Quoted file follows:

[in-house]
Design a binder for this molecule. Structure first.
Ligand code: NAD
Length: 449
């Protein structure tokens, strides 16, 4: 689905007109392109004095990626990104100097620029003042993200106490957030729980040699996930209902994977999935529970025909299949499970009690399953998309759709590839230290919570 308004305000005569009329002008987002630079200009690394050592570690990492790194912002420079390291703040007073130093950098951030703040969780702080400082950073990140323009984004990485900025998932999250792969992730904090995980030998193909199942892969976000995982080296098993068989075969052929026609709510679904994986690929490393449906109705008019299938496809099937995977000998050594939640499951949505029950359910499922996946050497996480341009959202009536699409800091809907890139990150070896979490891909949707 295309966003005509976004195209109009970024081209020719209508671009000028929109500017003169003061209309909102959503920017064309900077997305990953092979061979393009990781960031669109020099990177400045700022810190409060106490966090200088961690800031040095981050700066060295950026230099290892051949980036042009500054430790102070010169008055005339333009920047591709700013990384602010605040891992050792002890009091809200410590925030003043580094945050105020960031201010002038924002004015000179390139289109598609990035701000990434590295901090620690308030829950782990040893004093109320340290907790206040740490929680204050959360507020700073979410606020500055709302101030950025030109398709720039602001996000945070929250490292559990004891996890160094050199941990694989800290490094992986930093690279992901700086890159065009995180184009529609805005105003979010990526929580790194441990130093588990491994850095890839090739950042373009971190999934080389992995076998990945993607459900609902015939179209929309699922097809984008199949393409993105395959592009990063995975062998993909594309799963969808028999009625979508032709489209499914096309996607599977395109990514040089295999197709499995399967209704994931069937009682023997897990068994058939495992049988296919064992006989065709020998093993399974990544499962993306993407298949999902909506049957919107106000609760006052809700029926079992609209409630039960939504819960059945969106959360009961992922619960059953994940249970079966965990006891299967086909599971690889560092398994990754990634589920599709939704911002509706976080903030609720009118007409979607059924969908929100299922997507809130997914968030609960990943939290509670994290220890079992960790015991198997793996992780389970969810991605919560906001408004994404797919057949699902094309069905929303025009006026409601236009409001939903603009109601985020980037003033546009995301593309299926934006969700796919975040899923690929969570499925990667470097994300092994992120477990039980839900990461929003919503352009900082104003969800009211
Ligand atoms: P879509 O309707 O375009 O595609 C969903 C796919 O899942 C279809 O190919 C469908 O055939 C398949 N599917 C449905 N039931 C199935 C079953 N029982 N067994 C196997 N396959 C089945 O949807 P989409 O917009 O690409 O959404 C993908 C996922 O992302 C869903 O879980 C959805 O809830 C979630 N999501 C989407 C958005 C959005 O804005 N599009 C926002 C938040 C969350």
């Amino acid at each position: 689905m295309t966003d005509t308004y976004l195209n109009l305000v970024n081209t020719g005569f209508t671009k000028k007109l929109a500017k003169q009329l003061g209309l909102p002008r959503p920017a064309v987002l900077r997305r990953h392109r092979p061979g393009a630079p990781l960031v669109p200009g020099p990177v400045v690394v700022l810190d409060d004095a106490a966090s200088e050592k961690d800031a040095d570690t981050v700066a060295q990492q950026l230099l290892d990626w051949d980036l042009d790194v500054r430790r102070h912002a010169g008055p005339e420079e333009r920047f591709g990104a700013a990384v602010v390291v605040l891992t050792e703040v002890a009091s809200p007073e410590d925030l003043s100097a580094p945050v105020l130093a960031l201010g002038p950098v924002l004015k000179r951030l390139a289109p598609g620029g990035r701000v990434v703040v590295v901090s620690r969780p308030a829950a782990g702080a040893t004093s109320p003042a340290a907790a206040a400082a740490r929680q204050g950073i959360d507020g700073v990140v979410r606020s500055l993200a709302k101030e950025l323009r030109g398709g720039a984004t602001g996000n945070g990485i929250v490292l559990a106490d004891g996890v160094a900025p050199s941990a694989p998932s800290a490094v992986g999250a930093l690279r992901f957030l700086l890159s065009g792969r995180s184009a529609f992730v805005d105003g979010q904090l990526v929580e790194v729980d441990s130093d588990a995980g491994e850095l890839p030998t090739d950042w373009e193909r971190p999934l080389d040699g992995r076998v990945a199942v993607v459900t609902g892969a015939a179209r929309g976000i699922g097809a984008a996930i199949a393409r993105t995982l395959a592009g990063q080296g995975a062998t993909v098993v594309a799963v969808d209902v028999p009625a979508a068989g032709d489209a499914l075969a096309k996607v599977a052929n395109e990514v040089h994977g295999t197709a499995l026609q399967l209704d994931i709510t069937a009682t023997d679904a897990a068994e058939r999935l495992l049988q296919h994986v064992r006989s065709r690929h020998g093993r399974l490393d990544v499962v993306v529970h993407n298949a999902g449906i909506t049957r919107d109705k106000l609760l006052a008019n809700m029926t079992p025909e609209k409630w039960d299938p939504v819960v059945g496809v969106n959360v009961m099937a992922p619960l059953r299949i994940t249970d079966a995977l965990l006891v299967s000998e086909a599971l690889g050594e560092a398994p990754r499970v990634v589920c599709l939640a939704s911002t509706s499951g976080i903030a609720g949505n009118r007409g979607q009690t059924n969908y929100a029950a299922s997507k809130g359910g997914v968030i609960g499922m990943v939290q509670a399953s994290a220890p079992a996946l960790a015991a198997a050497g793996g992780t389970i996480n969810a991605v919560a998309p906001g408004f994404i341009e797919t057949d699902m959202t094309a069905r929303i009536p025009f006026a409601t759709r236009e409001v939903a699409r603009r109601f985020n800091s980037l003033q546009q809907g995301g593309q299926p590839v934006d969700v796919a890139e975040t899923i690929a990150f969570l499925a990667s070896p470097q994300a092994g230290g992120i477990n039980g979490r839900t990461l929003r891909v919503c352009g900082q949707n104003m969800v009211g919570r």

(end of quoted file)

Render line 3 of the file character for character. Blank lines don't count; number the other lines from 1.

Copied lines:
Ligand code: NAD